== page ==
Step to it with these walking routes

In celebration of May’s National Walking Month, Sarah Marshall looks at some of the best new itineraries.
Hiking in the Cairngorm National Park, Aviemore, Scotland.Hiking in the Cairngorm National Park, Aviemore, Scotland.
Hiking in the Cairngorm National Park, Aviemore, Scotland.

Long walks are a remedy for clearing minds, soothing souls and improving physical fitness – all currently in demand. But exploring an area with your own two feet is also the ultimate way to travel freely, leaving speed and stride to personal choice.

May’s National Walking Month is an excuse to step up pedestrian activity by embarking on multi-day hikes or shorter strolls, slowly absorbing beautiful scenery along the way. Ranging from tough trails to easy ambles, the UK and Ireland has a variety of options. Here are some new routes to try – whatever your pace.

Padding along Paddy’s trail

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Follow in the footsteps of Sthe 5th century missionary St Patrick, on a new tour along the Pilgrim’s Way and the medieval town of Downpatrick, with commentary provided by guides from the Saint Patrick Centre.

The 18-mile path can be completed in a day (or two half days), and covers highlights such as the world’s only St Patrick Exhibition, the largest statue of St Patrick in the world, Patrick’s first church in Ireland, and the first Healing Wells in Ireland at Struell.

The Saint Patrick’s Way Downpatrick Camino guided walk costs £65 per person, including lunch. A reasonably high level of fitness is recommended. Visit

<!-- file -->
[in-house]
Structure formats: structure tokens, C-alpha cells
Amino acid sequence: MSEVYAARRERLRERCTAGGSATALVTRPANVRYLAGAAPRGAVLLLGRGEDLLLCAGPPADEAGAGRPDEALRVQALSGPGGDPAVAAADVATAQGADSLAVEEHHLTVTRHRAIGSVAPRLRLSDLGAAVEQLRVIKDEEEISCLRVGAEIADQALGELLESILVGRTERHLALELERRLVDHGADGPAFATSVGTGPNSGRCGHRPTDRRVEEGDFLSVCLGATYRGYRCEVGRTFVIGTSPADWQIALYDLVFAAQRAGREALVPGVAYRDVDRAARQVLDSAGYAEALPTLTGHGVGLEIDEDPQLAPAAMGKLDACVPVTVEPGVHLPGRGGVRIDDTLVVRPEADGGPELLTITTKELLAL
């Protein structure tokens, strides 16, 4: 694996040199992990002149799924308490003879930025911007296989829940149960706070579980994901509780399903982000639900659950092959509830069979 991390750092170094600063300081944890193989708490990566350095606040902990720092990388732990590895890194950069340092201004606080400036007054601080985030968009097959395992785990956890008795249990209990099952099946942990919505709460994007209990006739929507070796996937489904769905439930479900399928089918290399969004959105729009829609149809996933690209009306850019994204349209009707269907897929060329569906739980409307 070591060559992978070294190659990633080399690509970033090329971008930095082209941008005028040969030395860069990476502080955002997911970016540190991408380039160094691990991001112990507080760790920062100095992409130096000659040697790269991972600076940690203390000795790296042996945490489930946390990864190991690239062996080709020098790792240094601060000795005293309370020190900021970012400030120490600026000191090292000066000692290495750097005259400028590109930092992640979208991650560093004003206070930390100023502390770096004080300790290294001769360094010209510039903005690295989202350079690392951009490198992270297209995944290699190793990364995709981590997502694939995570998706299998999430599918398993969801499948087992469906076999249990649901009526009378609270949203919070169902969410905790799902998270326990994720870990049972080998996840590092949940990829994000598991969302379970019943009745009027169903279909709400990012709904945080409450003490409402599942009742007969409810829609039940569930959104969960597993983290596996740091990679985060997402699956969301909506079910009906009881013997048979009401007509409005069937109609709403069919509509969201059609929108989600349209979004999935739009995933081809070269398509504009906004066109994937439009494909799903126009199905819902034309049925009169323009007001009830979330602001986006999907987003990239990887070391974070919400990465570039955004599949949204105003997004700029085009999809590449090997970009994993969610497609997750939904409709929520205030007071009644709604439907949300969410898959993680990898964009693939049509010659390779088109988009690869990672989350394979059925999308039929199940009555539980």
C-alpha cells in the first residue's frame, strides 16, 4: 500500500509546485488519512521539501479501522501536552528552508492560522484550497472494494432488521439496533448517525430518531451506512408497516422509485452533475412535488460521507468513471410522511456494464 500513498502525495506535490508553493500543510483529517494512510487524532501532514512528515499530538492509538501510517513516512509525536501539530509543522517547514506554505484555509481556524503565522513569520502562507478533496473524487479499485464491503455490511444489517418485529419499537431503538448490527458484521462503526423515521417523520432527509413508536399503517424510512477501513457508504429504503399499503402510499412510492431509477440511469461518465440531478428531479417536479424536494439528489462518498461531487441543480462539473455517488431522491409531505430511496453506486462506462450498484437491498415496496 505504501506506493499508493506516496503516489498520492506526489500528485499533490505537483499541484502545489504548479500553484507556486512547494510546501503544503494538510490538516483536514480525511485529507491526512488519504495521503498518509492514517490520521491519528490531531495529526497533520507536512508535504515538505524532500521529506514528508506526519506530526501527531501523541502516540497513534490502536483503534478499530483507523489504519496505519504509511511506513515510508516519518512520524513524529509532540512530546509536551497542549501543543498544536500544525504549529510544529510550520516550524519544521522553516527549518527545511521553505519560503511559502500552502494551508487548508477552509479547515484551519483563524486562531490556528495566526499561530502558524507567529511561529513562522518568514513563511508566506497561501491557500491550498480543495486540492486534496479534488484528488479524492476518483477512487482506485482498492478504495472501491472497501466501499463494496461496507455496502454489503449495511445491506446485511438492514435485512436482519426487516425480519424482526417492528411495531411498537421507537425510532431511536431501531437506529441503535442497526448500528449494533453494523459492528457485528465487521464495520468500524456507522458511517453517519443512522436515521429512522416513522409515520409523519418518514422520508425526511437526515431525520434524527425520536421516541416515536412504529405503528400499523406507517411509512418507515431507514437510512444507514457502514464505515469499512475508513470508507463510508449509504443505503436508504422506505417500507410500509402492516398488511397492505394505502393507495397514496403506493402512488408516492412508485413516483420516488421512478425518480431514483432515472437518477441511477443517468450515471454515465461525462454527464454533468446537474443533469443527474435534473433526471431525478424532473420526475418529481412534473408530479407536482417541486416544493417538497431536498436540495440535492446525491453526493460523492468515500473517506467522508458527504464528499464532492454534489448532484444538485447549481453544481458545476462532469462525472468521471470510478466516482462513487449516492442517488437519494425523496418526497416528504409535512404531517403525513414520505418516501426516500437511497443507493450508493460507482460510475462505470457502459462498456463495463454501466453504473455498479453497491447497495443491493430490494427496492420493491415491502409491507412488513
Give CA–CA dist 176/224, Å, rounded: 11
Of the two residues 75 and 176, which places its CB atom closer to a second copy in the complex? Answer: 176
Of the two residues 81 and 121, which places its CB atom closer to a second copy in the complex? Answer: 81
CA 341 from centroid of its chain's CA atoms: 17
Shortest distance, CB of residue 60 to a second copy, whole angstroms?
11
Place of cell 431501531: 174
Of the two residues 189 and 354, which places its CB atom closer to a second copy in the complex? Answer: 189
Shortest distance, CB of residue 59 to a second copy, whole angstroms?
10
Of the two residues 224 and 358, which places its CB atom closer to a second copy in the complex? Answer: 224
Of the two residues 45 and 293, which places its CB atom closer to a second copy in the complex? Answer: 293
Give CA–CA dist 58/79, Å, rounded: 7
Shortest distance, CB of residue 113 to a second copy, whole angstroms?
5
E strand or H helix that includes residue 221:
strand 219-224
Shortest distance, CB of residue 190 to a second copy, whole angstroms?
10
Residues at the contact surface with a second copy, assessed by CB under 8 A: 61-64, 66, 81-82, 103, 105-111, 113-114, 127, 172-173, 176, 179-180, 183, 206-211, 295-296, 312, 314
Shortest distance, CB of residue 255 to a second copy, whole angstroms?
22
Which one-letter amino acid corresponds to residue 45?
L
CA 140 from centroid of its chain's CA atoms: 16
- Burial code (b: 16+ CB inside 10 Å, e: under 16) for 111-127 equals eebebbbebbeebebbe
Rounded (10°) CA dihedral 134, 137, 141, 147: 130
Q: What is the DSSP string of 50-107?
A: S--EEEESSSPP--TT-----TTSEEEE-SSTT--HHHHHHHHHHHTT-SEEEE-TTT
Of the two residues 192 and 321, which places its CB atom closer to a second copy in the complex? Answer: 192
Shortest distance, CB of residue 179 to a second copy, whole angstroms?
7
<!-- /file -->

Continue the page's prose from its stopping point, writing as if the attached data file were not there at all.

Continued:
Pilgrims of the north

Tipped to be the UK’s answer to Spain’s classic pilgrimage route the Camino de Santiago, six new Northern Saints Trails bring to life tales of Britain’s holiest heroes – all rooted in the Durham region’s Christian heritage. The 28-mile Way of Love focuses on three important female figures, St Hilda, St Helena and St Mary Magdalene, travelling from Hartlepool to Durham and covering some of the most important nature reserves in the north east.

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The 30-mile Angel’s Way, meanwhile, traverses Tyneside from a site that once housed St Cuthbert’s remains, to works of modern art and architecture, including Antony Gormley’s triumphant Angel Of The North.

For detailed route maps and suggestions of where to stay and what to do, visit

Hiking through history

During the 1700s, coves and cliff crevices along the south coast provided useful hiding spots for smugglers, but today, only legends and folklore remain. Using a virtual app, this three-day self-guided tour retraces their footsteps and explores the best of the South Downs, starting in country town Lewes and finishing in Eastbourne. Part of the route follows tracks used by Churchill’s tank in the Second World War, now paved with peaceful paths and meandering rivers. Trails also wind through ancient woodlands, where inhabitants include the burnt orchid, barn owl, chalk carpet moth and the rare barbastelle bat.

Accommodation covers a range of country pubs, where luggage will be waiting when you arrive.

Pied A Terre Adventures (; 01403 788 994) offers The Eastern Wander break from £325pp (two sharing), including B&B accommodation and bag transfers.

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